At least US$ 550m was lost by the country between 2008 and last year, equivalent to US$ 110m annually, due to low levels of value addition for the cashew nut crop.
Agriculture Non Sector Actors Forum (ANSAF) said this during a meeting with Members of the Parliamentary Committee on agriculture, livestock and water in Dodoma last Friday.
According to the research report commissioned by ANSAF, the country’s cashew nut sector has over the years failed to perform to its potential, which if harnessed can help create over 45,000 jobs in the country and make a significant contribution to the economy.
Through the single marketing approach and opaque auctioning system, the sales prices and analysis is also opaque. Ultimately, the payment farmers receive is diluted, due to the high level of costs at the cooperative union and warehouse level.
Audax Rukonge, the ANSAF Executive Secretary said the research revealed that the cashew sector is the most regulated in the world, and yet Tanzania remains largely a producer of raw cashew nuts for processing in Asia.
According to Rukonge the constraints in processing cashew nuts in Tanzania largely arise from the economic environment, structure and regulation of the sector in Tanzania.
“We cannot transform agriculture when the farmer is receiving between 57% and 65% of the sale price and approximately 15% less than the Cashewnut Board of Tanzania (CBT). This does not motivate farmers to tend their crop,” says Rukonge.
CBT was urged to ensure the sector is well coordinated, principles of cooperatives adhered to and all the decisions regarding marketing to be based on clear information that is widely shared.
Although MPs were advising the government to recover the privatised processing industries, ownershave not renovated them, Rukonge said, adding: “You do not have to encourage people to take loans and reinvest in a very old technology. That cost will never be recovered,” he said, adding that the private sector should be encouraged to invest in new processing plants.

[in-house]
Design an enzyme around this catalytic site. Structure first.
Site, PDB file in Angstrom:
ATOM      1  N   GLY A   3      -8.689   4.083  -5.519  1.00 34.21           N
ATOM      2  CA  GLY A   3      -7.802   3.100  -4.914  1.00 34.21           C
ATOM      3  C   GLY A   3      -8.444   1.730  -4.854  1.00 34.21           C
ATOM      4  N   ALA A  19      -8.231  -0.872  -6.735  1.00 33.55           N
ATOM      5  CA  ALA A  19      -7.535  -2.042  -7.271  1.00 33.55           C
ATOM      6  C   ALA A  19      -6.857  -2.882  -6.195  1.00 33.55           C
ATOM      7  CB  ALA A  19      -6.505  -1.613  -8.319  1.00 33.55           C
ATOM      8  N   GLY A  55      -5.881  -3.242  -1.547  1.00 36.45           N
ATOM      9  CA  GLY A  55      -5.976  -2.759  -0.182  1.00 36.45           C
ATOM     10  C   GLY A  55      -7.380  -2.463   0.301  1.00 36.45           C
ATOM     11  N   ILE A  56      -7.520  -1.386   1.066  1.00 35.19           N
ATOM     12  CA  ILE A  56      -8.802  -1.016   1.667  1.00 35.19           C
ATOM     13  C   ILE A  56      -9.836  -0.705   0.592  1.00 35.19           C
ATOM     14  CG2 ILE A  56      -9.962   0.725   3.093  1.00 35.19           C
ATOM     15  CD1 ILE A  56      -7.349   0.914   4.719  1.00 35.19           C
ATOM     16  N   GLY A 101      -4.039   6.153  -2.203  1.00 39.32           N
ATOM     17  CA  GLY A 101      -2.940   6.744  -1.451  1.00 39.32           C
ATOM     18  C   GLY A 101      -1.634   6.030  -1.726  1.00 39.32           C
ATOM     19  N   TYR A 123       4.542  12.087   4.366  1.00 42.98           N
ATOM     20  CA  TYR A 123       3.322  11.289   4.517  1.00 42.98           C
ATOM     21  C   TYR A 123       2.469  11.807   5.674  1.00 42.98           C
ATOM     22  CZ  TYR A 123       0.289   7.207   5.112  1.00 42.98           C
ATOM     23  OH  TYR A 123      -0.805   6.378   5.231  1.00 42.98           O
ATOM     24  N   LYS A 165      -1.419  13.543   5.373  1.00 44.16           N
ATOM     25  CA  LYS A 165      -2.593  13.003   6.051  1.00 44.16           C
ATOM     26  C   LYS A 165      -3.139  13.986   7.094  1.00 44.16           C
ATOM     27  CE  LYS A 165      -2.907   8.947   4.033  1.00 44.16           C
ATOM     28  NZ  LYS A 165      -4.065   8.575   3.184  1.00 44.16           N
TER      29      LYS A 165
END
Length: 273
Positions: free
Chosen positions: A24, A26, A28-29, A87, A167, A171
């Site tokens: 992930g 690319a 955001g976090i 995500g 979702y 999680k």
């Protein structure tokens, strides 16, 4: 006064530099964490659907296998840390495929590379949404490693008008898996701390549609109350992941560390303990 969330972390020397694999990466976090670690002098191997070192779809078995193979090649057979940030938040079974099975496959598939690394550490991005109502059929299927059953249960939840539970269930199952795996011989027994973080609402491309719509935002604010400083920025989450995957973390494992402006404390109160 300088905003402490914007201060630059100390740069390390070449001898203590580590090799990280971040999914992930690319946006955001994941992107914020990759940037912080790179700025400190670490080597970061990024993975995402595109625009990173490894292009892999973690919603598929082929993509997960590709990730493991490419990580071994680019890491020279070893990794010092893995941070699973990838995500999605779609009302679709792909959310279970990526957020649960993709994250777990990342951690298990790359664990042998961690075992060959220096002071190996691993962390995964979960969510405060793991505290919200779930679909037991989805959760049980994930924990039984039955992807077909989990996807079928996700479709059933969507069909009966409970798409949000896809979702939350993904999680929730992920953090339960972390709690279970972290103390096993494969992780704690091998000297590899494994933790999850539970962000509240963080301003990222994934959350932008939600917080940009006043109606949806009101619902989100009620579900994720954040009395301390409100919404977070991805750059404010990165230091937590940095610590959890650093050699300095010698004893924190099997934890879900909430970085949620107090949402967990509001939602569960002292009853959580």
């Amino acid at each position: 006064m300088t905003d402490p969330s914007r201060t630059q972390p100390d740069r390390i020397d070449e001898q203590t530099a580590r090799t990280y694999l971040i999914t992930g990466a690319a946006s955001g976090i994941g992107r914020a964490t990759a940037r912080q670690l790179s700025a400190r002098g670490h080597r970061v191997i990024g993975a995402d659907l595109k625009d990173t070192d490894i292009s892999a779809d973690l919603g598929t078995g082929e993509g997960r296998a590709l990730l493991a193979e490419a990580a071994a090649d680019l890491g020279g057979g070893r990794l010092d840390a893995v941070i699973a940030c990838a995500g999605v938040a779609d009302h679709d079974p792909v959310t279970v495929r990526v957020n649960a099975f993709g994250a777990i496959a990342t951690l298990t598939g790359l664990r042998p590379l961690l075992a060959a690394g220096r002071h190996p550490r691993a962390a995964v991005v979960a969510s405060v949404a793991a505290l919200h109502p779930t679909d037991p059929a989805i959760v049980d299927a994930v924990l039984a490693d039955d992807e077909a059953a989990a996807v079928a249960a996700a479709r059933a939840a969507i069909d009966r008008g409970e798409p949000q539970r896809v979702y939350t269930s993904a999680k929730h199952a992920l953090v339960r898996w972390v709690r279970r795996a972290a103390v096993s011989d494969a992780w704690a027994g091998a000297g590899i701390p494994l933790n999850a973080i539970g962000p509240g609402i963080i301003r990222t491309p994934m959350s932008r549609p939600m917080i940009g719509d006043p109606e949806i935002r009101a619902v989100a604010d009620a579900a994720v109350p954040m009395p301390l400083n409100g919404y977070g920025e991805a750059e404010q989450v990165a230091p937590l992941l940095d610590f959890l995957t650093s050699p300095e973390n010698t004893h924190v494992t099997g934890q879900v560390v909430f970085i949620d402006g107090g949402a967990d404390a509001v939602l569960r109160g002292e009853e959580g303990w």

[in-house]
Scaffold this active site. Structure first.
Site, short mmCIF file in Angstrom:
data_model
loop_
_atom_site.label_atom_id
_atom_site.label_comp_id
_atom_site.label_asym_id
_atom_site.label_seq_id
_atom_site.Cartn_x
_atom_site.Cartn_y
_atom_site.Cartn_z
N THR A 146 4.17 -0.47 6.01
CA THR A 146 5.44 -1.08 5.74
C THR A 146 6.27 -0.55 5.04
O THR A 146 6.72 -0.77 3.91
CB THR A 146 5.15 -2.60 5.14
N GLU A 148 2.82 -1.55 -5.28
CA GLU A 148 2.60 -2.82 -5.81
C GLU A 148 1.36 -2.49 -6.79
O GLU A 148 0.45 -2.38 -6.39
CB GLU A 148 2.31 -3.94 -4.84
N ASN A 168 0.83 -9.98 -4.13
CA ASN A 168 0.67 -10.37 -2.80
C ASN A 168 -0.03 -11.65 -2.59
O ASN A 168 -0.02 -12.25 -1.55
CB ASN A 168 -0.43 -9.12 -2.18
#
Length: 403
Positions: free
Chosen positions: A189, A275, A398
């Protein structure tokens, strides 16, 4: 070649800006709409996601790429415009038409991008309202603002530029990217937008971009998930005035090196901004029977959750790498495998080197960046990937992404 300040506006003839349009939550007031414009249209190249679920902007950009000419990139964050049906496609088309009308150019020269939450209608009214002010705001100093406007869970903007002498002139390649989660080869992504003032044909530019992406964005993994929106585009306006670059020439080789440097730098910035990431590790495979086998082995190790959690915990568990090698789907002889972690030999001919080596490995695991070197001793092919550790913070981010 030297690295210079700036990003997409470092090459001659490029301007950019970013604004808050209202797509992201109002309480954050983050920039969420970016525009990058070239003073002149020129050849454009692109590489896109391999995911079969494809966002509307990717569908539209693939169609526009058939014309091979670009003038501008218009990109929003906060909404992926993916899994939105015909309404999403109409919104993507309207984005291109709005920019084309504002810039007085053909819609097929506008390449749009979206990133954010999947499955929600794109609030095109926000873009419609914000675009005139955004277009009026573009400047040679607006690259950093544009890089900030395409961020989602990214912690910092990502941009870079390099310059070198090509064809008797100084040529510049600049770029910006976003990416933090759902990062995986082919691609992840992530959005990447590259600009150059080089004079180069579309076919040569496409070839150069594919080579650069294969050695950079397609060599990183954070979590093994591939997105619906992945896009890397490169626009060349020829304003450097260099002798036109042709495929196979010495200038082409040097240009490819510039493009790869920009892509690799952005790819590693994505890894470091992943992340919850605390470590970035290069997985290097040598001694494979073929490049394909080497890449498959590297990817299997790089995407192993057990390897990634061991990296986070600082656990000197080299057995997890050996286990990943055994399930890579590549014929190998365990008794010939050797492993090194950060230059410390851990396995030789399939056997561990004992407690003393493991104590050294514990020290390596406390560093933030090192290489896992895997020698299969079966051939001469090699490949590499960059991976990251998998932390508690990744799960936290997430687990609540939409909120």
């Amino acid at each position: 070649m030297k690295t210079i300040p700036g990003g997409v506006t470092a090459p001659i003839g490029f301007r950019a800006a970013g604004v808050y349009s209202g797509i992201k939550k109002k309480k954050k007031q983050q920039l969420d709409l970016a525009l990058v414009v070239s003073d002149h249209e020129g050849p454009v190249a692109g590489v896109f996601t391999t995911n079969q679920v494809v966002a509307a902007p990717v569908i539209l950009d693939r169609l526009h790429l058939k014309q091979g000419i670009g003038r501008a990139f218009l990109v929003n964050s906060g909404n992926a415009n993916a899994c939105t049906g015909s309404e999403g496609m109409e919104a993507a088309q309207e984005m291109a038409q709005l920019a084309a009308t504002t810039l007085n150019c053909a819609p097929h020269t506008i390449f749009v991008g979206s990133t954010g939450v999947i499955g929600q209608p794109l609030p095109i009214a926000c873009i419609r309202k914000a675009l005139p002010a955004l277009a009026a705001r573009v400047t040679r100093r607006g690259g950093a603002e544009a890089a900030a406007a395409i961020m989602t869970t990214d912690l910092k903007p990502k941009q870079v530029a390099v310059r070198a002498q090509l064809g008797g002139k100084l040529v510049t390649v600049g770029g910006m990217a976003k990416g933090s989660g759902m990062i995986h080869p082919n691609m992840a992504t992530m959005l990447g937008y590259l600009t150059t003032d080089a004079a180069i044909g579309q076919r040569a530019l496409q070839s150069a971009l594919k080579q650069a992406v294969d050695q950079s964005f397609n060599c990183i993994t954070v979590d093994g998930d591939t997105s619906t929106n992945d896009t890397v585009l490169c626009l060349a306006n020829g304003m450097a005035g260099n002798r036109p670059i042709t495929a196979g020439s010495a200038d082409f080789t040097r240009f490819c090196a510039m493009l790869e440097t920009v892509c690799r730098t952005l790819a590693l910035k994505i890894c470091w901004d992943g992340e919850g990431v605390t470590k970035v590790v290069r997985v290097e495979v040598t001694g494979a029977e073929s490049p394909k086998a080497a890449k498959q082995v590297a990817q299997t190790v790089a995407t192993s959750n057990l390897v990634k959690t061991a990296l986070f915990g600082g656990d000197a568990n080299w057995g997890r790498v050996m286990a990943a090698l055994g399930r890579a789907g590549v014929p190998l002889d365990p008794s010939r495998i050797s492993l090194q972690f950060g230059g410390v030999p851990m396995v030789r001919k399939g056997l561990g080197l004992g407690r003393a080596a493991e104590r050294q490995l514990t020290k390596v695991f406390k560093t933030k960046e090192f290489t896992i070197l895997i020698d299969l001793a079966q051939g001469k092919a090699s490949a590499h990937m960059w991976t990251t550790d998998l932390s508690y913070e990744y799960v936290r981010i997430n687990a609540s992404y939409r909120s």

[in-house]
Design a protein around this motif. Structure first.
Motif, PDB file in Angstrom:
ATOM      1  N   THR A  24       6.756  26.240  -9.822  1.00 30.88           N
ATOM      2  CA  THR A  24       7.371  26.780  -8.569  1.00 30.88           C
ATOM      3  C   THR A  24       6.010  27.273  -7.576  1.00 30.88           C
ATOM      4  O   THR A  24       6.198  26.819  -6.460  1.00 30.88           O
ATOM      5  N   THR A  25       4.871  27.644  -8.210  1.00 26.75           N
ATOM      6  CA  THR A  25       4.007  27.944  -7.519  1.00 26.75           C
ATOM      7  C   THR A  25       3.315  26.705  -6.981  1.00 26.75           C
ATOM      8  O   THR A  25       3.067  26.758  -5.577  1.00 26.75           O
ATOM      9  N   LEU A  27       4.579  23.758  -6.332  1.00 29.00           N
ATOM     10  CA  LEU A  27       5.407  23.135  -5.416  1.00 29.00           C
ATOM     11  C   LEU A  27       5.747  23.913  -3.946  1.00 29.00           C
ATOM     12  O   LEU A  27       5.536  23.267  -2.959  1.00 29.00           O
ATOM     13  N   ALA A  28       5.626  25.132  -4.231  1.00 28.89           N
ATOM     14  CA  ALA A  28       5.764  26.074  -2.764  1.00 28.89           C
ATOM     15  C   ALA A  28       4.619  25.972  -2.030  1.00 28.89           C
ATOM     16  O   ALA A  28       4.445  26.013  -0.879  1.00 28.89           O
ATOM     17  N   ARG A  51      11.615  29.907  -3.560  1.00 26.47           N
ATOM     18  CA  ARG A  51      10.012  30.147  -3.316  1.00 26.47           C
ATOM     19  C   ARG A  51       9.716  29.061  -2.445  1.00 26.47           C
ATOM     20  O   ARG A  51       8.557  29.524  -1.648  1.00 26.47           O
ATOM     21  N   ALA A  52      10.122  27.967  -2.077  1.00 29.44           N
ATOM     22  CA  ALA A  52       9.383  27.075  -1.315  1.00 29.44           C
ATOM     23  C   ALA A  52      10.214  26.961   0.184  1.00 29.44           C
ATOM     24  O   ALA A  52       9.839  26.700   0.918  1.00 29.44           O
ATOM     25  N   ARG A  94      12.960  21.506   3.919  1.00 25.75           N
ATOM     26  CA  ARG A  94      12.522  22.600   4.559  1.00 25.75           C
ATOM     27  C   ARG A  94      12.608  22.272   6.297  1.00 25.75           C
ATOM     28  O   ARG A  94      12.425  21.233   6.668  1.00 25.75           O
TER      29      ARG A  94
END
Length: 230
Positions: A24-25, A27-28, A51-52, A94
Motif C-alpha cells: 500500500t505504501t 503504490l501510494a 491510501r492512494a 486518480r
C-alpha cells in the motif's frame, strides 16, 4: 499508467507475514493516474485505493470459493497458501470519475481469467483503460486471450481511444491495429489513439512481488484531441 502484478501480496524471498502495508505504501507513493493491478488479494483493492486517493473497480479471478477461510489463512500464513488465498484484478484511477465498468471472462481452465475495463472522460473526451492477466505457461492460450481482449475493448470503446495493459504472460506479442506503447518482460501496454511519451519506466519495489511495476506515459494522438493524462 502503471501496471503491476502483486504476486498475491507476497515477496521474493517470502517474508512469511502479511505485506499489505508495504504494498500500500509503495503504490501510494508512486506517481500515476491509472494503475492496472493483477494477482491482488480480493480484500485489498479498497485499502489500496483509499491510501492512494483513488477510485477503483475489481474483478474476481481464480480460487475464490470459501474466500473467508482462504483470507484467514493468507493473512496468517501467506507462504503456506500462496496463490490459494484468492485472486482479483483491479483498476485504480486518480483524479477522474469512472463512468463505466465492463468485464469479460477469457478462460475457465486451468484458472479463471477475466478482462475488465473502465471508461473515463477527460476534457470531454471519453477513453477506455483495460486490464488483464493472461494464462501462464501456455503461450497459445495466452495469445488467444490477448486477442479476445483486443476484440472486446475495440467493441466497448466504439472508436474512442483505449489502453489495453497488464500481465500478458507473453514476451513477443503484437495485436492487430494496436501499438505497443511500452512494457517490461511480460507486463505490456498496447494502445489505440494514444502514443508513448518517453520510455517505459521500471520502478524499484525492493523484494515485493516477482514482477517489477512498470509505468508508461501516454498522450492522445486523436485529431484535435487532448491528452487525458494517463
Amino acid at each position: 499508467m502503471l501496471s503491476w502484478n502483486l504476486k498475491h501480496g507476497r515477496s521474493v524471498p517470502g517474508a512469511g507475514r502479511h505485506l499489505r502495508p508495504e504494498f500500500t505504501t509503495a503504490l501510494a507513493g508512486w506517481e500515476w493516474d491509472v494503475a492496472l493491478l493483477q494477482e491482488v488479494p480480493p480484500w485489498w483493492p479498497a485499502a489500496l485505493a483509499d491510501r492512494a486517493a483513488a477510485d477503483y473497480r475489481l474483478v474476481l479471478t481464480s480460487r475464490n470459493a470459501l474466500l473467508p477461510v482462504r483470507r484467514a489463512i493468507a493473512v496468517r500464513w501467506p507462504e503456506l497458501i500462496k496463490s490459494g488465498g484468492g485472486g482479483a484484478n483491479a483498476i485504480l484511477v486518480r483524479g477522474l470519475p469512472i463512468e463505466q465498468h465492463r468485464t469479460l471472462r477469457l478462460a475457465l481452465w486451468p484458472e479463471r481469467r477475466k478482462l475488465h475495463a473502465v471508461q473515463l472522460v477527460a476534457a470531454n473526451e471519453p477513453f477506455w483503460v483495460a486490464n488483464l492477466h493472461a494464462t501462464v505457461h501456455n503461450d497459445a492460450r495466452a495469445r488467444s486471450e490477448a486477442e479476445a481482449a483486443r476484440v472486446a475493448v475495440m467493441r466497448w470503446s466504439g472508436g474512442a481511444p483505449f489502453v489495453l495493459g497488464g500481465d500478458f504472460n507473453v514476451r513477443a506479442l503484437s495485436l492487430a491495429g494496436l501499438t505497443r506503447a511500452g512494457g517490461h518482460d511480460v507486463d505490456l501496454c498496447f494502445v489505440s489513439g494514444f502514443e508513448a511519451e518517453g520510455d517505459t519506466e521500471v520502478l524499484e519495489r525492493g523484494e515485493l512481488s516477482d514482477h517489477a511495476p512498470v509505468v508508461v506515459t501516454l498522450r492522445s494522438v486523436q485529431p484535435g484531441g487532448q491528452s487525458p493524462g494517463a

Possible incentives could include working with financial institutions to lower interest rates for purchase of plants; extend repayment periods as well as reduction of taxes on importation of new processing plants.
The committee chairman Prof David Mwakyusa urged ANSAF to work together with the Ministry of Agriculture and Food Security to solve the problems of cashew farmers.
He said the committee will make sure the findings are forwarded to the government.
Farmers from Mkuranga, Mtwara, Masasi and Lindi said the cashew nut crop is being used for political ends, adding that it is viewed by some as a way of extracting money from the system with farmers as pawns in the game.
Makaburi Babtista who is a farmer from Mtwara who attended the meeting faulted the cooperatives for serving the interests of a few and that although the warehouse receipt system is good, it is highly politicised.
The institutions charged with management of the sector were not listening to the market, but to short term political factors, especially from local politicians, he said.
“Without a coordinated execution, the sector might continue to be weak and open to overcharging and profiteering. For example, compared to other countries growing cashew nuts in Africa, the crop’s inputs in Tanzania are very expensive,” he said.
Hon Mansoor Sharif, Kwimba MP said farmers have not been benefiting much from the cashew nut farming as the traders buy according to grades 1, 2 and 3, but in India the nuts are all sold as grade one.
“The farmer sells to the trader according to grades, but when they are taken to India they are all accounted for as grade one. I think farmers should be given information concerning the international market to help them set the local price,” he explained
Last week in parliament the government threatened to revoke permits of all cashew nut buyers, who have been moving around in southern regions buying the produce at 500/- contrary to agreed price of 1,200/- per kilo of grade one cashew nuts, while the grade two sells for 960/-.